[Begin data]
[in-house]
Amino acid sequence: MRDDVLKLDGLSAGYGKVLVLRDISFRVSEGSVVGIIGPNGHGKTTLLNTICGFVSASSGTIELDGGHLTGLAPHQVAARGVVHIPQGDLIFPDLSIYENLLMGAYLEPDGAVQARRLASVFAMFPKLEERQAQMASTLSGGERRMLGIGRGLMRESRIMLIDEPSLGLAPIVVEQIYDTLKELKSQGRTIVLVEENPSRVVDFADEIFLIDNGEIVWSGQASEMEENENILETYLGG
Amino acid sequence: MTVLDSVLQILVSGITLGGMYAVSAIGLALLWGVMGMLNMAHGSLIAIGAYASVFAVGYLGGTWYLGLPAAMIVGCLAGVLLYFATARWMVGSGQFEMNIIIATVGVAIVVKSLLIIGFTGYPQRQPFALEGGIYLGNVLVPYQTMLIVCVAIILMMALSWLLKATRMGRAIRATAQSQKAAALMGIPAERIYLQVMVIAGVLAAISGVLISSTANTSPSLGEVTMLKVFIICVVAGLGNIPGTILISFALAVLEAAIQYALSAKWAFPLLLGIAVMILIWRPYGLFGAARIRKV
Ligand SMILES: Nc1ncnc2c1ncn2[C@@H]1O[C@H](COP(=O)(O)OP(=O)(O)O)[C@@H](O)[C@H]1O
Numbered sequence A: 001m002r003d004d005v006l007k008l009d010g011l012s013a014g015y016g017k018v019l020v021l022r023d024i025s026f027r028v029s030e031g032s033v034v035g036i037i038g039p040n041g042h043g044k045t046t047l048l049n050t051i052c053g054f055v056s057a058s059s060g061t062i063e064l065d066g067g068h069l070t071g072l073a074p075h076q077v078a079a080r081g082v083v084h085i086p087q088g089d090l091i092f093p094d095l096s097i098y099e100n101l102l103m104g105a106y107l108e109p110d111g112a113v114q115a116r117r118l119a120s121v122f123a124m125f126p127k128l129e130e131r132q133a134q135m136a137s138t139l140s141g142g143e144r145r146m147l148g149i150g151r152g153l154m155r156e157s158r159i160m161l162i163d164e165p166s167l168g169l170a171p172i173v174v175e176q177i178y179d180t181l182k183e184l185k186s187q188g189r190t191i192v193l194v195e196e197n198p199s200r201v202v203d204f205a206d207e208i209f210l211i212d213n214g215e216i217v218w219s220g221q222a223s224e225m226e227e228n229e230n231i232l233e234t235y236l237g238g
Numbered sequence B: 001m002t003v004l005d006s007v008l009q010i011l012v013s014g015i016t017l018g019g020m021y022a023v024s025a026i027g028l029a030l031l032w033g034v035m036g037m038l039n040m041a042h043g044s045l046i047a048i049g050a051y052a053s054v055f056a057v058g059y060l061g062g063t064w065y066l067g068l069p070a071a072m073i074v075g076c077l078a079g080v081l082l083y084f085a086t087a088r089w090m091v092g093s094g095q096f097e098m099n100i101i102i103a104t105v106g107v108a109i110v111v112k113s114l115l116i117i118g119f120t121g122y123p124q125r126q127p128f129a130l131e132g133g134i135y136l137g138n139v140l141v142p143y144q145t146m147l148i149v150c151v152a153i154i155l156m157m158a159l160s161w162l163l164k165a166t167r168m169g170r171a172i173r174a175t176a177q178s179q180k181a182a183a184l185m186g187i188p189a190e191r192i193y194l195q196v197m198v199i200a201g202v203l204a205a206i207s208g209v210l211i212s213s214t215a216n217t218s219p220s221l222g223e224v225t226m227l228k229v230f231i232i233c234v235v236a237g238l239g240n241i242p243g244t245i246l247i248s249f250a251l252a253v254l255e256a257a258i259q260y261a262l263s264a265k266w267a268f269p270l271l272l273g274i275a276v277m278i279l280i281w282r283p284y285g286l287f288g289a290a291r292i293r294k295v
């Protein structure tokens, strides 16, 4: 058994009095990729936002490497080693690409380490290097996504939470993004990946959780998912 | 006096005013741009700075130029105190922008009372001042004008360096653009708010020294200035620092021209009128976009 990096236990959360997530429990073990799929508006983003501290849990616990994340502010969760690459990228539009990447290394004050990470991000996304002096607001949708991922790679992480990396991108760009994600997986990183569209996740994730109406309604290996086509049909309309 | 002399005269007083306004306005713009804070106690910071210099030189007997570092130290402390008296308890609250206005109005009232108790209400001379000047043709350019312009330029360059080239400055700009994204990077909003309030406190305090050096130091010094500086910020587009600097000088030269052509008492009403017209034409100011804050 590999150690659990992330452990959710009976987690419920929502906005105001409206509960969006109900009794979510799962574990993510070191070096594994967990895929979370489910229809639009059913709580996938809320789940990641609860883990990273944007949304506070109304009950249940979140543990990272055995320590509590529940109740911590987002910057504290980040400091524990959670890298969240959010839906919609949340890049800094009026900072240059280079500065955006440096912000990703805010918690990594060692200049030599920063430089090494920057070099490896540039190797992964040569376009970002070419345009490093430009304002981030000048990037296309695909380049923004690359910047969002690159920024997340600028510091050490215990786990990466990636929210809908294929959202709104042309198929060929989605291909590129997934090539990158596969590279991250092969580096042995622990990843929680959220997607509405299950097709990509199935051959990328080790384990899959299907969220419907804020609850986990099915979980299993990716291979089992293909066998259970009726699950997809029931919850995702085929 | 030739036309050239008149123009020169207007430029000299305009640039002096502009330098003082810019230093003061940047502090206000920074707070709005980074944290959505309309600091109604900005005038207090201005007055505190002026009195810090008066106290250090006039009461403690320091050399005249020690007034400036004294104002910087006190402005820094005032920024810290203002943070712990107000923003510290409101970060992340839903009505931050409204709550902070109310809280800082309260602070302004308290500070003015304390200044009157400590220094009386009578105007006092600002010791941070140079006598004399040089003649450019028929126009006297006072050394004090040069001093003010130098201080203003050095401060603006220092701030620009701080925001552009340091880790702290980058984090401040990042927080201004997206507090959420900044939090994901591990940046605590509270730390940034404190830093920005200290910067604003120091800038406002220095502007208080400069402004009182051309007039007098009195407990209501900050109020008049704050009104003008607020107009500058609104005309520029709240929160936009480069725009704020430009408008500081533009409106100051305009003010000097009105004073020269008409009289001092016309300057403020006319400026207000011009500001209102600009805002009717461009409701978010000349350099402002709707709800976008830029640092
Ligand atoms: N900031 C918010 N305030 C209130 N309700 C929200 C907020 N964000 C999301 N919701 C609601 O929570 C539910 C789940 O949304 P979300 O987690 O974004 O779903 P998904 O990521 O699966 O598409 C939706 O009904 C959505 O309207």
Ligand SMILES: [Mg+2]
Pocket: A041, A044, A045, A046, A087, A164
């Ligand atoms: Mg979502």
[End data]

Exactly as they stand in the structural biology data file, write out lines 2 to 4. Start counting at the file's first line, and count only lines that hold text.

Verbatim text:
Amino acid sequence: MRDDVLKLDGLSAGYGKVLVLRDISFRVSEGSVVGIIGPNGHGKTTLLNTICGFVSASSGTIELDGGHLTGLAPHQVAARGVVHIPQGDLIFPDLSIYENLLMGAYLEPDGAVQARRLASVFAMFPKLEERQAQMASTLSGGERRMLGIGRGLMRESRIMLIDEPSLGLAPIVVEQIYDTLKELKSQGRTIVLVEENPSRVVDFADEIFLIDNGEIVWSGQASEMEENENILETYLGG
Amino acid sequence: MTVLDSVLQILVSGITLGGMYAVSAIGLALLWGVMGMLNMAHGSLIAIGAYASVFAVGYLGGTWYLGLPAAMIVGCLAGVLLYFATARWMVGSGQFEMNIIIATVGVAIVVKSLLIIGFTGYPQRQPFALEGGIYLGNVLVPYQTMLIVCVAIILMMALSWLLKATRMGRAIRATAQSQKAAALMGIPAERIYLQVMVIAGVLAAISGVLISSTANTSPSLGEVTMLKVFIICVVAGLGNIPGTILISFALAVLEAAIQYALSAKWAFPLLLGIAVMILIWRPYGLFGAARIRKV
Ligand SMILES: Nc1ncnc2c1ncn2[C@@H]1O[C@H](COP(=O)(O)OP(=O)(O)O)[C@@H](O)[C@H]1O